Join the Georgia Rights Alliance today. The attorneys at Deitch + Rogers devote the firm’s practice exclusively to representing crime victims attacked on unsafe properties. A vital factor to ensure justice for crime victims is access to a jury trial, which is a Constitutional right under the 7th Amendment. To be clear, “crime victims” may be a mother raped by an intruder in her apartment with her young children present, a five-year-old little boy struck by a stray bullet while in his bed at an apartment complex, a baby starved to death in a hotel room over 15 months, a 28-year-old man shot at an apartment complex and left paralyzed for the rest of his life, a grandmother run over and killed by thieves in a store parking lot. These are not hypothetical crime victims. Deitch + Rogers has represented each of these people and other crime victims against businesses that failed to respond appropriately to ongoing crime on their property and instead chose to prioritize increasing profits over safety.
As an example, at the beginning of the year, Attorney Michael D’Antignac argued a motion in a case where a woman was struck by a stray bullet while holding a six-month-old baby inside an apartment. Over the prior three years, 21 other people had been shot at this same apartment complex. And over that time, the owner of the complex, despite knowing about these prior shootings and other violent crimes, chose to decrease security against the recommendations of the on-site staff and their security company. They did this just to save money. While this sort of behavior is shocking, we are sad to say it is not uncommon. But this is precisely the sort of thing that will be allowed, and quite frankly encouraged, if the right to a jury trial is not protected.
For decades, Georgia law has required owners and occupiers of property to exercise ordinary care in keeping their premises safe. The simple legal directive is that if you know about a dangerous condition on your property, you have to do something about it to prevent people from getting hurt. This includes responding to crime occurring on the property. If you know people are being victimized by criminals on your property, you have to do something to try to prevent it from happening again. So, if a store knows people are being robbed at gunpoint in its parking lot, it has to do something about it. This might include requesting additional police patrols, adding security guards, adding lighting, adding surveillance cameras, or any number of other sensible measures. Similarly, if an apartment complex knows intruders are breaking into apartments and raping female tenants, they have to do something to respond to the problem. Again, this might mean adding security patrols, lighting, cameras, entrance gates, fences, etc. At a minimum, it should include notifying the tenants of the situation so they know to be on the lookout. All of this makes good sense and is easy to understand. But there are political efforts, at the behest of the insurance industry, that seek to turn this long-standing Georgia law on its head and allow businesses to ignore crime on their property while innocent people continue to suffer.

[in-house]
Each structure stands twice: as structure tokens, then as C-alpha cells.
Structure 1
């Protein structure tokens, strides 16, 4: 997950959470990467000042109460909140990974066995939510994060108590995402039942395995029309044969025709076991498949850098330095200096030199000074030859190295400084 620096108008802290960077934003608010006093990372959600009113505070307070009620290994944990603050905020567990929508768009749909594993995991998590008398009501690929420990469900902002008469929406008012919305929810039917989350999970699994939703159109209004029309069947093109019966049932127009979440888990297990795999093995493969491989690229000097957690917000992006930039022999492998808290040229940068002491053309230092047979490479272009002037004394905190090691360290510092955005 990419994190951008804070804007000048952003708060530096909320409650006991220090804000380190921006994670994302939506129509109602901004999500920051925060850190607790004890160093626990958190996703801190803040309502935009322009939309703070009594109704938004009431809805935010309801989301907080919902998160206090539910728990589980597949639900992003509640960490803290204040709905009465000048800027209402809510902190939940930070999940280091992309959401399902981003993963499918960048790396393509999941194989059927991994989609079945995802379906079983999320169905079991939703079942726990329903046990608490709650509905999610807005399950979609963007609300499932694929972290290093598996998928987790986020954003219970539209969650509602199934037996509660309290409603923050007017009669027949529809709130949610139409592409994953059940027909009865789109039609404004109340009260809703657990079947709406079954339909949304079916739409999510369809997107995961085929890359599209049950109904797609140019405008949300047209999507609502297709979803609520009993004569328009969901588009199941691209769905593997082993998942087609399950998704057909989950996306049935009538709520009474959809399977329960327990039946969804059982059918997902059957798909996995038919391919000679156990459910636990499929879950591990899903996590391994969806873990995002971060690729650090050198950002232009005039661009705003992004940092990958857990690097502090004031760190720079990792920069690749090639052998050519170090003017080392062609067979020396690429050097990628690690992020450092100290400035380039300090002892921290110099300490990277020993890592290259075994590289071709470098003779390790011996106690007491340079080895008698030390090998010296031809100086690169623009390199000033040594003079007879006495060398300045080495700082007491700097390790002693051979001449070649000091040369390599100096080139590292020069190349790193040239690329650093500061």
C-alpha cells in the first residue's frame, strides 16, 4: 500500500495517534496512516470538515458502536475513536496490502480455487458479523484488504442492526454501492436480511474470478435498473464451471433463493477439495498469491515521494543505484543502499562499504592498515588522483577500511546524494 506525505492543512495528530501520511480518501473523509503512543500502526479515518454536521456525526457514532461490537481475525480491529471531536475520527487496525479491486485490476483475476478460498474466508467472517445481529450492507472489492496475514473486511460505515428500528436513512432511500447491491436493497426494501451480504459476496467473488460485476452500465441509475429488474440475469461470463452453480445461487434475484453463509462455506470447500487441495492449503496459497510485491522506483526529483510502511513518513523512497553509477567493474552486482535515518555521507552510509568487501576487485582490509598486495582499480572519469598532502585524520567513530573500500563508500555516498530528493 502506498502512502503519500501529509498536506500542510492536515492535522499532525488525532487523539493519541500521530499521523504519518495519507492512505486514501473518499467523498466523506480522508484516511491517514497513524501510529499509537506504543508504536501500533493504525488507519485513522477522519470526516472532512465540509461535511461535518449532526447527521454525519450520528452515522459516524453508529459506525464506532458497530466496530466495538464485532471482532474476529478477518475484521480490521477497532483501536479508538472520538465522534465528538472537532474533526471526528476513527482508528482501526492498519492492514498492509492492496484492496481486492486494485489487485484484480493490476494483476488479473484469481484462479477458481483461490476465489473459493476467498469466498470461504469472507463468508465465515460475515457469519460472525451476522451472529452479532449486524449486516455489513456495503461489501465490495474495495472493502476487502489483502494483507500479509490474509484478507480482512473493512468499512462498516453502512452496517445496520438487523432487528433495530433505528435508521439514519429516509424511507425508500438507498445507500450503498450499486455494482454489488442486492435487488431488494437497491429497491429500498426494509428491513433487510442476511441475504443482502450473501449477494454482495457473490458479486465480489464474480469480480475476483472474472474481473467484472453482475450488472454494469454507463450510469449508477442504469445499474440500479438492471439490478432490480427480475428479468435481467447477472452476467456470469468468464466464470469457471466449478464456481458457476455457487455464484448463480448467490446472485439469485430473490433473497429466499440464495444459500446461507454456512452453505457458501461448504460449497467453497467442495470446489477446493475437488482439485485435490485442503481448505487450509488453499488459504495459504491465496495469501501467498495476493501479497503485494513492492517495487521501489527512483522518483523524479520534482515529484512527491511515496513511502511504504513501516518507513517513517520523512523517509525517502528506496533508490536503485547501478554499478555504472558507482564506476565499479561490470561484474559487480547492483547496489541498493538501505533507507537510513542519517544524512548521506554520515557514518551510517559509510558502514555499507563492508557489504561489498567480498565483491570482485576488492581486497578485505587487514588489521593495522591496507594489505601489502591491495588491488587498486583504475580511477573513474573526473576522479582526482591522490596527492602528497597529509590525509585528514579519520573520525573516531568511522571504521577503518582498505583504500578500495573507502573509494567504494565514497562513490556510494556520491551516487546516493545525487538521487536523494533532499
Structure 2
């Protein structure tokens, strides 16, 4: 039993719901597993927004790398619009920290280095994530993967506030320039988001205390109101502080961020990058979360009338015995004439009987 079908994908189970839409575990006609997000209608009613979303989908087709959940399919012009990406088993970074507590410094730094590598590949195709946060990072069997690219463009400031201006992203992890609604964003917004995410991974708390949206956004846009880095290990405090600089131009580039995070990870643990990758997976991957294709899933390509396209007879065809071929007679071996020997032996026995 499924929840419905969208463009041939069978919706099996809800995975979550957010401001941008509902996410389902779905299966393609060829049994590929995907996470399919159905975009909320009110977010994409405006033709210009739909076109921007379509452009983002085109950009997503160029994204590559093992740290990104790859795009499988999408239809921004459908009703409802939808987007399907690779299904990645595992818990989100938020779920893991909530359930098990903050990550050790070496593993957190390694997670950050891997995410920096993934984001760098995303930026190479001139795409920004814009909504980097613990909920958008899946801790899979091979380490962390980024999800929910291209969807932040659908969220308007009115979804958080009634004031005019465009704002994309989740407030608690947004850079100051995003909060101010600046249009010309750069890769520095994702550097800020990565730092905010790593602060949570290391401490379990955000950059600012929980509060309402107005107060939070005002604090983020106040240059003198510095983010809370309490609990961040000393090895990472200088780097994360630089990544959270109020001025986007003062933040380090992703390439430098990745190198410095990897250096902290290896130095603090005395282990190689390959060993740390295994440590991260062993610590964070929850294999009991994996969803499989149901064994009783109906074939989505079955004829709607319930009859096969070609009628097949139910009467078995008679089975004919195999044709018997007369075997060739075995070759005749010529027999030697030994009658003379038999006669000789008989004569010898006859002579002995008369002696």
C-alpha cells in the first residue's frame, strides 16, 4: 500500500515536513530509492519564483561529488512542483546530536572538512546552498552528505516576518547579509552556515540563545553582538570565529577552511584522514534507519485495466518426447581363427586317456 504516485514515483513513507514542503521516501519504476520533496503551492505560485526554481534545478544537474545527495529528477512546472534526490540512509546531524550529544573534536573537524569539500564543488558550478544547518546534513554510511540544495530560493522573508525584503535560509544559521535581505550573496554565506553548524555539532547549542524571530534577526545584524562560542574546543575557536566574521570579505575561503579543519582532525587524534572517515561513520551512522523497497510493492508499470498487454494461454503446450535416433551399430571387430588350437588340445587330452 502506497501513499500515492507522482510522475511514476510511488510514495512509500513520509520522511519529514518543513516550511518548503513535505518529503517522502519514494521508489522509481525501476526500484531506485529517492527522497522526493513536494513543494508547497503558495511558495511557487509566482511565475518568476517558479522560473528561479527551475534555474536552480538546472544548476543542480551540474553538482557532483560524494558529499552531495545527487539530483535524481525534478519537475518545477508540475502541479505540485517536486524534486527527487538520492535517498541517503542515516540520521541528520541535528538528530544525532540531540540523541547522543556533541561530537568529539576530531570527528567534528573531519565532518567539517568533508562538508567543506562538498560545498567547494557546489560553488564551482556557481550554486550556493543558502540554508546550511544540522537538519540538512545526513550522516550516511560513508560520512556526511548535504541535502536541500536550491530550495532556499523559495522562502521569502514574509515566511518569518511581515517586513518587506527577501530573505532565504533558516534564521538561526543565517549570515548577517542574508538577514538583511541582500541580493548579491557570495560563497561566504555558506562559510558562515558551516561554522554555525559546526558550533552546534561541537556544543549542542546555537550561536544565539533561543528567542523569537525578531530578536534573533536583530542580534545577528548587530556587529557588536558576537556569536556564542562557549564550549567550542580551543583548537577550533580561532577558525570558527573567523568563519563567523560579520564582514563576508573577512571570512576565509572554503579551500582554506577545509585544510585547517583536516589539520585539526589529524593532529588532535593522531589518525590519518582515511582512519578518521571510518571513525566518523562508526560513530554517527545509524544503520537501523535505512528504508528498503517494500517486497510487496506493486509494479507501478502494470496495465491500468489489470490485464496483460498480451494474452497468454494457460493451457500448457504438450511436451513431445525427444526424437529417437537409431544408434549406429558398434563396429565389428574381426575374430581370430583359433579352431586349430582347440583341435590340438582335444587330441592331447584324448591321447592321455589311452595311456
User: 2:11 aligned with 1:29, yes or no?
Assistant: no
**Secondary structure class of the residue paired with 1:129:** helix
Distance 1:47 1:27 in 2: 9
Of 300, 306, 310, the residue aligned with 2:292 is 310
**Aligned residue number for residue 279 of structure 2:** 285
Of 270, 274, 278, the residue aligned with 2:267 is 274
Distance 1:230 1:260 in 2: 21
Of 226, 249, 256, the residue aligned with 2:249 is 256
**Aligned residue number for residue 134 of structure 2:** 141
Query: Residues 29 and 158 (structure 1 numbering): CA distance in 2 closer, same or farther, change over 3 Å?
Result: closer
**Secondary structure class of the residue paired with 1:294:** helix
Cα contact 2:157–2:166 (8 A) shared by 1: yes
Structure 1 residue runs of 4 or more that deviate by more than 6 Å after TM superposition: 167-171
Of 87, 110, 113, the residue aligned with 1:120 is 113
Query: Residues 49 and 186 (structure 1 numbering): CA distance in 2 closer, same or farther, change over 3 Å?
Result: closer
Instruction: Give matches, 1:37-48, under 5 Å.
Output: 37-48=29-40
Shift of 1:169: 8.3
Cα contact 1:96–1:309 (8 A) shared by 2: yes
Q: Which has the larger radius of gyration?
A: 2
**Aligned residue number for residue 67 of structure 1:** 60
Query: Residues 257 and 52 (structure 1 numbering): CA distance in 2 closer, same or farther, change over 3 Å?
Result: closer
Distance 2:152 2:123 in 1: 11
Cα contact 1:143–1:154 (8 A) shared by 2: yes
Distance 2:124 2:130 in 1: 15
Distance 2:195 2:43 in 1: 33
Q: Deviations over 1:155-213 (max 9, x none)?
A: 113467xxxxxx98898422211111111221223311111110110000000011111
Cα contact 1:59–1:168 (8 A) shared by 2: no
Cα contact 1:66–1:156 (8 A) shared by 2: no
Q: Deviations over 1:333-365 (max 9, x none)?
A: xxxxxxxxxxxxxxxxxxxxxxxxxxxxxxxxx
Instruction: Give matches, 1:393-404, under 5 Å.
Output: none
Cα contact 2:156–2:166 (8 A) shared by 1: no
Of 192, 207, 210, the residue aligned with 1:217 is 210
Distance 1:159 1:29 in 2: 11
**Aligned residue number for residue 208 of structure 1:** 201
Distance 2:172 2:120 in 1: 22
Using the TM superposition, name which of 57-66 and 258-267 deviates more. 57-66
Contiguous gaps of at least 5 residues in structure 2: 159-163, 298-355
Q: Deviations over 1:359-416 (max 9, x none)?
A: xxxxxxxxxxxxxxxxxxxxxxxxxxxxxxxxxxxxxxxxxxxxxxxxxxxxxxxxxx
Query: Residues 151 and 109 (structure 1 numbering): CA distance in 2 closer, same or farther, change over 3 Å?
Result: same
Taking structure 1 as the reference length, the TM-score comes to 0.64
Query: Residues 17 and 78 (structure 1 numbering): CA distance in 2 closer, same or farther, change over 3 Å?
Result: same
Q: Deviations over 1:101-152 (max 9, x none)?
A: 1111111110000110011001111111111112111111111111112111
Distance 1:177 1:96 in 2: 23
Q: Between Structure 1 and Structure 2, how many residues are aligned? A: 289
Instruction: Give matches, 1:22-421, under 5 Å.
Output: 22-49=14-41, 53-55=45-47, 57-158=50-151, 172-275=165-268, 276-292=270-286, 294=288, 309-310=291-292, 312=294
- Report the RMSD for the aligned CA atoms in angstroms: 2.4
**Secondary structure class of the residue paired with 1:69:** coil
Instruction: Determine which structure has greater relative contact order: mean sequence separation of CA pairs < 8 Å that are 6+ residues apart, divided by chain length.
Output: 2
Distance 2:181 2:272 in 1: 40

Crime is an ever increasing presence in our city and State. It seems every day there is a new story about violent and deadly crimes occurring at apartment complexes, hotels, malls, stores, and other businesses here in Atlanta. This simply is not a time that our legislature should permit businesses to do less to make their property safe. If anything, now is the time to demand that they do more to protect those they invite and expect to be on their property.
Finally, it is important to note that holding a business responsible for keeping their premises safe is not about ignoring the role the criminals play. Georgia law has long included a doctrine known as “apportionment” under which juries decide what percentage of fault the criminal perpetrator, the property owner, and sometimes even the victim, bear for the victim’s injuries. Yet, the insurance industry and their political allies suggest that juries cannot be trusted to understand and faithfully apply apportionment. This suggestion is offensive and a discredit to the Georgia residents who make up our juries. We know from more than 100 years of combined experience representing crime victims that Georgia juries are composed of caring, intelligent, engaged, and thoughtful people who deserve our gratitude and respect. Indeed, our constitutional right to have juries decide our disputes is one of the most cherished and fundamental rights we have in this State and country. It should be protected whether insurance companies and their political lobbyists like it or not.
Join the Georgia Rights Alliance to protect your right to a jury trial.